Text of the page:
Here is a short “preview” video clip from the documentary I am working on for TAN Books called “Seven Lies About Catholic History” which expands (and also simplifies) much of the content found in the book by Dr. Diane Moczar of the same name: Seven Lies About Catholic History (eBook) (Look Inside)
My crew from work, and I, completed the filming of all the commentators last month. Here is a short sample with historian Rev. James Garneau commenting on “The Mission”, from the upcoming TAN Books documentary “Seven Lies About Catholic History”. Discussion Questions included below…
…So, after hearing Father briefly explain the film, “The Mission”, what are your first thoughts?
- What do you think of Fr. Garneau’s points?
- If you’ve seen the movie, what are your favorite scenes, music, actors, etc?
- Do you think “The Mission” is historically accurate?
- Do you think “The Mission” does any services or disservices to Catholics today?
Thanks for reading, and remember to please share my blog with anyone you think would be interested! There are links below that make it very easy to share through email, Facebook, Twitter, etc.
For the 100th anniversary of cinema in 1995, the Vatican created a list of “Great Films.” The 45 films are seperated into three categories: “Religion”, “Values” and “Art”, each containing 15 diverse films.
This is the first post of, you guessed it, 45 posts on the Vatican’s 45 films. In each post, I will briefly address each of the movies on the Vatican’s Great Films list, and I am hoping to provide a small hub of info on each of these films and a discussion area for my readers (if you’re up for it!).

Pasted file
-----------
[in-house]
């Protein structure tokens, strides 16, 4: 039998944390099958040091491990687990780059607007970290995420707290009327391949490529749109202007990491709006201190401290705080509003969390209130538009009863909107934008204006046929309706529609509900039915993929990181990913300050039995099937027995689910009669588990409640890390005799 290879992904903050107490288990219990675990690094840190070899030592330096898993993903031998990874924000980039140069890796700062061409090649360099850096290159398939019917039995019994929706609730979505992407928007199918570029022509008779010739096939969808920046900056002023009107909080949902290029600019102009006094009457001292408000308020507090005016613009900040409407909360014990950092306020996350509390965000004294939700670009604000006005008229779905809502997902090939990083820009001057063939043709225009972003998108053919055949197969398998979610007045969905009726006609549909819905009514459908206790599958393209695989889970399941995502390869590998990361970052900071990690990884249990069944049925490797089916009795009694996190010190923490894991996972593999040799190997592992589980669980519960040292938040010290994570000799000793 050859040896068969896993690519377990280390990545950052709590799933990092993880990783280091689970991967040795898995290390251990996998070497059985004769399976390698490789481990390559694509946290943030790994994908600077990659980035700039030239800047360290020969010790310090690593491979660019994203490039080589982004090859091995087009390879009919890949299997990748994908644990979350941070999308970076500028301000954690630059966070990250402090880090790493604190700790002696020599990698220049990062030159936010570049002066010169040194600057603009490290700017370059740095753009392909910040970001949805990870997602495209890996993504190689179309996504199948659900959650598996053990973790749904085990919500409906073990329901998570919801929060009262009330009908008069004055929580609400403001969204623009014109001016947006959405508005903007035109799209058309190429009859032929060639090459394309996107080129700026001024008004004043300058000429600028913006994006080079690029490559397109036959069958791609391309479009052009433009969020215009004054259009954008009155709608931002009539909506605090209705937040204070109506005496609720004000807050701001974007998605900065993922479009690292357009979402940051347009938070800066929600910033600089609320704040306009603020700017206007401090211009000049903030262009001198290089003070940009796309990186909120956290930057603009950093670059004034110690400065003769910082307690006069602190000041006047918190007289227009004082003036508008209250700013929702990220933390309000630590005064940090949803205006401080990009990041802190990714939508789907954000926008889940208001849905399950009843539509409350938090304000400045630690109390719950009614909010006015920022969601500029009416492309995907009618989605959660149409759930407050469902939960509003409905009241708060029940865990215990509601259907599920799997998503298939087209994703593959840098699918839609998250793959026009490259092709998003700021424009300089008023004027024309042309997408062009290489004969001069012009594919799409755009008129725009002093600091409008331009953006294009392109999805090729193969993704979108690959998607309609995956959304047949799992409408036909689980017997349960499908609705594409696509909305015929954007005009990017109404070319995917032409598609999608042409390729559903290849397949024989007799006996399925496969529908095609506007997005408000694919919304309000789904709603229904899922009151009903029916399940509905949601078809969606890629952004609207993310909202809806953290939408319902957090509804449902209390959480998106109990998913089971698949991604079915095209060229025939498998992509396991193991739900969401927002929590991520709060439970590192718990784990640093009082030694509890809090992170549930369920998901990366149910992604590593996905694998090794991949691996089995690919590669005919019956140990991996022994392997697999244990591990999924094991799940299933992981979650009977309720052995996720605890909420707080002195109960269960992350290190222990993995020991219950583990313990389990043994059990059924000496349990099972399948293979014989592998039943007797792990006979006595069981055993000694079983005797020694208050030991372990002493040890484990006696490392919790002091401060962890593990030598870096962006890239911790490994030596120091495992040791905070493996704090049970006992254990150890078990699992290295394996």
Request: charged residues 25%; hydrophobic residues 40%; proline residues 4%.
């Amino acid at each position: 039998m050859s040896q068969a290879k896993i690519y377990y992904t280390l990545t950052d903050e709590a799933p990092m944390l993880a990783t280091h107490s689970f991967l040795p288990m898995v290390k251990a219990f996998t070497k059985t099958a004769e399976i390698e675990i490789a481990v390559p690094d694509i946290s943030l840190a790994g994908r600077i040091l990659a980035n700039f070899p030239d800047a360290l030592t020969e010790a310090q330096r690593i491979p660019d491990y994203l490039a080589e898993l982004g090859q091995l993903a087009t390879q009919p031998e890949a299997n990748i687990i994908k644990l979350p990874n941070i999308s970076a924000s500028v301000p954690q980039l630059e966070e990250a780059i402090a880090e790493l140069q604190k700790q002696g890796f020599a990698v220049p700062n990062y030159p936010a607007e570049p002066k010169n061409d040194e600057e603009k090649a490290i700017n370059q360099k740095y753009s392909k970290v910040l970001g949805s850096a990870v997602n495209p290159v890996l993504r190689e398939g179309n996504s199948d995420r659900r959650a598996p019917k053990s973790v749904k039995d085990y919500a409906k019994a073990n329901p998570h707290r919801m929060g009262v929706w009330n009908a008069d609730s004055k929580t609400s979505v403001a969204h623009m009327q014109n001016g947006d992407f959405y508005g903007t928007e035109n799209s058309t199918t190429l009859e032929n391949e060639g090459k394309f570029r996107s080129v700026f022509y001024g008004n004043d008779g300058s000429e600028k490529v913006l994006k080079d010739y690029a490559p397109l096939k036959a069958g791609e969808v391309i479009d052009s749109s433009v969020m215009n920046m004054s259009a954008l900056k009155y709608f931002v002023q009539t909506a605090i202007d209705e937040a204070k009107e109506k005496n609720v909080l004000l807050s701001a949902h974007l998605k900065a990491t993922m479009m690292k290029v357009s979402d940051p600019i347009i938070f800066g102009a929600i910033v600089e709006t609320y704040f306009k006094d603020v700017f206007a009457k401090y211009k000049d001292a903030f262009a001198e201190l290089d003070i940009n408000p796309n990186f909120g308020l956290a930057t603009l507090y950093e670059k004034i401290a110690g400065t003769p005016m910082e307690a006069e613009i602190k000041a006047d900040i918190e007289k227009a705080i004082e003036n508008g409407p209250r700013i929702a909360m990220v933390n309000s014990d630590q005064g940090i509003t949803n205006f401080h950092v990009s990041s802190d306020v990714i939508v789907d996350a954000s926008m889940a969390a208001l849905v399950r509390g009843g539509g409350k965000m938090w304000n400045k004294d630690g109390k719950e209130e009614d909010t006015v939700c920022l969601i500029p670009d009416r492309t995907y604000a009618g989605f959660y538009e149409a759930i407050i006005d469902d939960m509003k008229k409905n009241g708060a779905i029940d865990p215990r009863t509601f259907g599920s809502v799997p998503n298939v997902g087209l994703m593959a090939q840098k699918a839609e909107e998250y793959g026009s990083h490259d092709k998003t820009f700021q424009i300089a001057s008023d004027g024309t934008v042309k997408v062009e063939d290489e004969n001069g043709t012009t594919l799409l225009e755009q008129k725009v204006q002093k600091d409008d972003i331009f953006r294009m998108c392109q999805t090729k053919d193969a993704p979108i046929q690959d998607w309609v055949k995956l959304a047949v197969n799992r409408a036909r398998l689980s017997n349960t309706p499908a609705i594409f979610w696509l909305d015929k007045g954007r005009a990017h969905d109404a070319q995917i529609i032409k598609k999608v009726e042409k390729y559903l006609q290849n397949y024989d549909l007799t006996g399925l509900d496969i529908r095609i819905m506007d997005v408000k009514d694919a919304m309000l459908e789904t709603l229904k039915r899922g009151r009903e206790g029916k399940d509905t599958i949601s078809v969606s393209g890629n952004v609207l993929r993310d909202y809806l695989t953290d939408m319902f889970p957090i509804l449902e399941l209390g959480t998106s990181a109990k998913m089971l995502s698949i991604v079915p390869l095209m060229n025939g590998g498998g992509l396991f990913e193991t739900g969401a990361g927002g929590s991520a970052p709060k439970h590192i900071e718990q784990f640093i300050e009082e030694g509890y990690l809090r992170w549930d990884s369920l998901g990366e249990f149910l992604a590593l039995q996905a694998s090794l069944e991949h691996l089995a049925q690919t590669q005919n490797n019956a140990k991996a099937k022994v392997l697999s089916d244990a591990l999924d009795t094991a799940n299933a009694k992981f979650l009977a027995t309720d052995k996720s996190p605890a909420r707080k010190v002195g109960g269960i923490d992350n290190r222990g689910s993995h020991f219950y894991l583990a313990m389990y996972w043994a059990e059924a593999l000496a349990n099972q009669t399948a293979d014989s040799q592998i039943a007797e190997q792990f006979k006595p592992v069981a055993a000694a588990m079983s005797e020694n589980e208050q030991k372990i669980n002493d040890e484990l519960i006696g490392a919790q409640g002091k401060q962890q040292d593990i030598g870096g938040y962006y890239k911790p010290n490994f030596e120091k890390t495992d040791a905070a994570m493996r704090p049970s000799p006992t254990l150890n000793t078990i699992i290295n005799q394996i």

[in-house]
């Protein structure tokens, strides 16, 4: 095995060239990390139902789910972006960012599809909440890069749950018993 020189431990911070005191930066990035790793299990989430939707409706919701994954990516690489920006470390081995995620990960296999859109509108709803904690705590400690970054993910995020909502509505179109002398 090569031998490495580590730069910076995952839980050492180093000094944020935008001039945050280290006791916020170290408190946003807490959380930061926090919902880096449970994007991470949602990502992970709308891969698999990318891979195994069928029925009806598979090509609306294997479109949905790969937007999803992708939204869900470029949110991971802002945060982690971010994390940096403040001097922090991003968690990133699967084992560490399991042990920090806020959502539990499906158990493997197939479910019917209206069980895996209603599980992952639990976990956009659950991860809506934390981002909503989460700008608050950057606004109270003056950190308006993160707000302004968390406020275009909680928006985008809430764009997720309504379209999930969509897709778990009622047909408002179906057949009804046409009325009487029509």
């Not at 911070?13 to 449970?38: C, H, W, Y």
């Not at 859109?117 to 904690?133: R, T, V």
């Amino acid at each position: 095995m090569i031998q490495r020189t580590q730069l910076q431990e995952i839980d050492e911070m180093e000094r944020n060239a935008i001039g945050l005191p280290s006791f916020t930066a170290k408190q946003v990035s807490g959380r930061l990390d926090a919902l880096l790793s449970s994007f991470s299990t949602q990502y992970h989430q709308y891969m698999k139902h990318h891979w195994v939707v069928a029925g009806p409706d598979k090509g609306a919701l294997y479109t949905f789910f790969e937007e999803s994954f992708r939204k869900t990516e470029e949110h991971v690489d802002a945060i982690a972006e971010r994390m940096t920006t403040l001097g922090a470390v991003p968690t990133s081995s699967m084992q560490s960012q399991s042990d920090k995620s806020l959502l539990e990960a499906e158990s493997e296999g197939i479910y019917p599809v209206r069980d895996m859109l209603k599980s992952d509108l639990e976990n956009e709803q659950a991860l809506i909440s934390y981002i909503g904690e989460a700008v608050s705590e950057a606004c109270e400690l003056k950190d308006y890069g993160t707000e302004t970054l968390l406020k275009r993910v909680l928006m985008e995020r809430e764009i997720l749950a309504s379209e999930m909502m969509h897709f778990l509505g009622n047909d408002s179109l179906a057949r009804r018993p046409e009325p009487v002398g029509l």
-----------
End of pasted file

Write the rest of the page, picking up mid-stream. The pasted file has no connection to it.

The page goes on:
I wanted to begin with the “Religion” category, since this blog is intended to bring light to videos from two perspectives of Catholicism and Video Production.
ANDREI RUBLEV (1966, USSR, Andrey Tarkovskiy)
The first film on the Vatican’s list in the Religion category is Andrei Rublev (Russian: Андрей Рублёв, Andrey Rublyov), also known as The Passion According to Andrei, originally released in 1966. Edited versions were re-released multiple times in the following years for various purposes and audiences. This Russian production is loosely based on the life of Andrei Rublev a 15th-century monk who perseveres in painting icons and other religious art despite the civil disruptions and cruel turmoil of his times. Director Andrey Tarkovskiy visualizes brilliantly the story of a devout man seeking through his art to find the transcendent in the savagery of the Mongol-Tartar invasions and the unfeeling brutality of Russian nobles. The film features Anatoly Solonitsyn, Nikolai Grinko, Ivan Lapikov, Nikolai Sergeyev, Nikolai Burlyayev and Tarkovsky’s wife Irma Raush.
More “Andrei Rublev” Resources
- International Movie Database
USCCB & MPAA Ratings
- US Conference of Catholic Bishops (USCCB)
- A-II (Adults & Adolescents)
- Motion Picture Association of America (MPAA)
- NR (Not Rated)
Roger Ebert called the casting of the Iron Bell in Andrei Rublev one of his “100 Great Movie Moments” along with moments from other classic films such as Gone With The Wind, Casablanca, True Grit and Star Wars.
What do you think?
- Have you seen one of the versions of Andrei Rublev?
- How did this film affect your life as a Catholic, if at all?
- What should ALL Catholics know before watching this movie?